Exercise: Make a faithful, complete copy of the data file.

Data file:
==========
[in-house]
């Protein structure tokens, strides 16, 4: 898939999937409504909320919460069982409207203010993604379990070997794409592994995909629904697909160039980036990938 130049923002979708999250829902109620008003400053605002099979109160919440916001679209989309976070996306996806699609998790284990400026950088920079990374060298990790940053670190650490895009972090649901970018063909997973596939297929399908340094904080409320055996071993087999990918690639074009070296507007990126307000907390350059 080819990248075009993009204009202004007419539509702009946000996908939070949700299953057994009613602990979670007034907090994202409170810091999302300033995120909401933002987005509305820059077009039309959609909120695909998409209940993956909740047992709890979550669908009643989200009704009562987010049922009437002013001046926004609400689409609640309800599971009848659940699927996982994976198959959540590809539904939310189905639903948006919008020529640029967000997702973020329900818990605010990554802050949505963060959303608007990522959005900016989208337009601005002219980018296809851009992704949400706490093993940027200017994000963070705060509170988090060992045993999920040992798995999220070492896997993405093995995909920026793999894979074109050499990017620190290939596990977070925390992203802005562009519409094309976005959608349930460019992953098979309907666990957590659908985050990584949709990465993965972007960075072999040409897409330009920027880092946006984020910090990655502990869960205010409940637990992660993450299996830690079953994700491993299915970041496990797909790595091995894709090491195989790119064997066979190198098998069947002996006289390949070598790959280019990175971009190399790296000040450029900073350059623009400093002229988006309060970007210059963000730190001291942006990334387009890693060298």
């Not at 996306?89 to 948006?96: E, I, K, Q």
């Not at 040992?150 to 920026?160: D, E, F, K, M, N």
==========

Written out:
[in-house]
């Protein structure tokens, strides 16, 4: 898939999937409504909320919460069982409207203010993604379990070997794409592994995909629904697909160039980036990938 130049923002979708999250829902109620008003400053605002099979109160919440916001679209989309976070996306996806699609998790284990400026950088920079990374060298990790940053670190650490895009972090649901970018063909997973596939297929399908340094904080409320055996071993087999990918690639074009070296507007990126307000907390350059 080819990248075009993009204009202004007419539509702009946000996908939070949700299953057994009613602990979670007034907090994202409170810091999302300033995120909401933002987005509305820059077009039309959609909120695909998409209940993956909740047992709890979550669908009643989200009704009562987010049922009437002013001046926004609400689409609640309800599971009848659940699927996982994976198959959540590809539904939310189905639903948006919008020529640029967000997702973020329900818990605010990554802050949505963060959303608007990522959005900016989208337009601005002219980018296809851009992704949400706490093993940027200017994000963070705060509170988090060992045993999920040992798995999220070492896997993405093995995909920026793999894979074109050499990017620190290939596990977070925390992203802005562009519409094309976005959608349930460019992953098979309907666990957590659908985050990584949709990465993965972007960075072999040409897409330009920027880092946006984020910090990655502990869960205010409940637990992660993450299996830690079953994700491993299915970041496990797909790595091995894709090491195989790119064997066979190198098998069947002996006289390949070598790959280019990175971009190399790296000040450029900073350059623009400093002229988006309060970007210059963000730190001291942006990334387009890693060298």
């Not at 996306?89 to 948006?96: E, I, K, Q």
């Not at 040992?150 to 920026?160: D, E, F, K, M, N």